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Zeugma Examples

Zeugma is a fun rhetorical device, wherein a single word is used to denote two or more words in a sentence and is fraught with literal and metaphorical undertones. This type of device is not grammatically incorrect, but creates its effect by seeming at first to be incorrect, by exploiting multiple shades of meaning in a single word or phrase. One unique thing about zeugma is that it taps on several nuances of a verb, and the result is often a big surprise. Functioning as a verb, zeugma serves as a grammatical cord, trussing together the parts of a sentence. This part of figurative language helps in making the literary works and conversation more efficacious. It also makes the sentence unique and delivers the actual idea in a very pictorial and impressive style. The frequent use of zeugma can be well perceived in the literary works of the 17th century. The writers and poets exploited this rhetorical device to add simplicity or vividness to a long passage, to build up the plot in a precise manner or to indicate connections between the elements used in the plot.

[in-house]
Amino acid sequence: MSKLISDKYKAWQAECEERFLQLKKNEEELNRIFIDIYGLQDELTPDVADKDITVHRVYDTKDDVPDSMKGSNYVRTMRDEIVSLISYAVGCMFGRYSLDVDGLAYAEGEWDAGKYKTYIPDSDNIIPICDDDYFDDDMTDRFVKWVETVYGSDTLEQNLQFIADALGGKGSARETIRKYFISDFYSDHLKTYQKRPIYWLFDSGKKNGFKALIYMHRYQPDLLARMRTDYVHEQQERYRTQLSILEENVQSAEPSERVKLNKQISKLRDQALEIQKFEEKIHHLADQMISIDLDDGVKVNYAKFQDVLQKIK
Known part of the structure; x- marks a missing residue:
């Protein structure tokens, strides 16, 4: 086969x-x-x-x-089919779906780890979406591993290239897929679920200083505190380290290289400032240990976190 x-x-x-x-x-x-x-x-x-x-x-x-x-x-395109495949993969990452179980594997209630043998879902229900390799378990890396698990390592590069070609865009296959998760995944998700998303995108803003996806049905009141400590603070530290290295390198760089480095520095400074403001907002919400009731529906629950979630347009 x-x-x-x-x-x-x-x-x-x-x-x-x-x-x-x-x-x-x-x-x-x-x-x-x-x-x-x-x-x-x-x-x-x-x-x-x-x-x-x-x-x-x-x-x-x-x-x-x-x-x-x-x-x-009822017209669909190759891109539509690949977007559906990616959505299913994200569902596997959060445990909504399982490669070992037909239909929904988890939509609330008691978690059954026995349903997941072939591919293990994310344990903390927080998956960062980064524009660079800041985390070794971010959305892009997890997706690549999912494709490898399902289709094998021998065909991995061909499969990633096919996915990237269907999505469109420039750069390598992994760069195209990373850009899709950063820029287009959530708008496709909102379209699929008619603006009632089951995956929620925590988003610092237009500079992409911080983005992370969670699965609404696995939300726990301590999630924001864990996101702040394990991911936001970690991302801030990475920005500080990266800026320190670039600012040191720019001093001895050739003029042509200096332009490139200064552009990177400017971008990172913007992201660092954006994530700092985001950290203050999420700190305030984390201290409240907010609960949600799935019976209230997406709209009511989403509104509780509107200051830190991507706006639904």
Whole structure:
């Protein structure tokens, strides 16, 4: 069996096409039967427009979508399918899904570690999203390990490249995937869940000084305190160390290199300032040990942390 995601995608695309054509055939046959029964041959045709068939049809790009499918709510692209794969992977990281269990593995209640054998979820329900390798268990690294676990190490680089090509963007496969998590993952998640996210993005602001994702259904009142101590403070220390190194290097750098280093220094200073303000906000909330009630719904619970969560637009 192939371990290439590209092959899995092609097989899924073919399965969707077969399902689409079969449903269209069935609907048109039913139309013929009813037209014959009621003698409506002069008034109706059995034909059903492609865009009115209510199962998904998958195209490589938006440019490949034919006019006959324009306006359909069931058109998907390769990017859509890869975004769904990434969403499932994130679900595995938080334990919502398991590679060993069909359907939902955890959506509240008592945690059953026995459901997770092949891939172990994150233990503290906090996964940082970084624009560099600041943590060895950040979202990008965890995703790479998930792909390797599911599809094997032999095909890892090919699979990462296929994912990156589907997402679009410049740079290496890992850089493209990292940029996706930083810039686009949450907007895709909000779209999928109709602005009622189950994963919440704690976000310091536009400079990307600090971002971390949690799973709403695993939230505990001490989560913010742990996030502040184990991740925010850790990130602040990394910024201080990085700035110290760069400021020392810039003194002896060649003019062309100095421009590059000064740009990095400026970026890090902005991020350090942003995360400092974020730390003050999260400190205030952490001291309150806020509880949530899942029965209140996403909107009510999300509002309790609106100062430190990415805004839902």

Examples of zeugma are:

-"And all the people saw the thundering, and the lightning, and the noise of the trumpet, and the mountain smoking: and when the people saw it, they removed, and stood afar off." From the Bible. 
-The addict kicked the habit and then the bucket.
-"She looked at the object with suspicion and a magnifying glass." By Charles Dickens. 
-He milked the situation and the cow.
-I am leaving for greener pastures and 10 days.
Zeugma Meaning
A zeugma is an interesting device that can cause confusion in sentences, while also adding some flavor. Therefore, a zeugma is a figure of speech where a word applies to multiple parts of the sentence. In the above example, it has a dramatic effect. However, sometimes the attempted use of a zeugma can be confusing.
Zeugma Examples
Homeless: will work for food. Unprincipled: will work for jerk.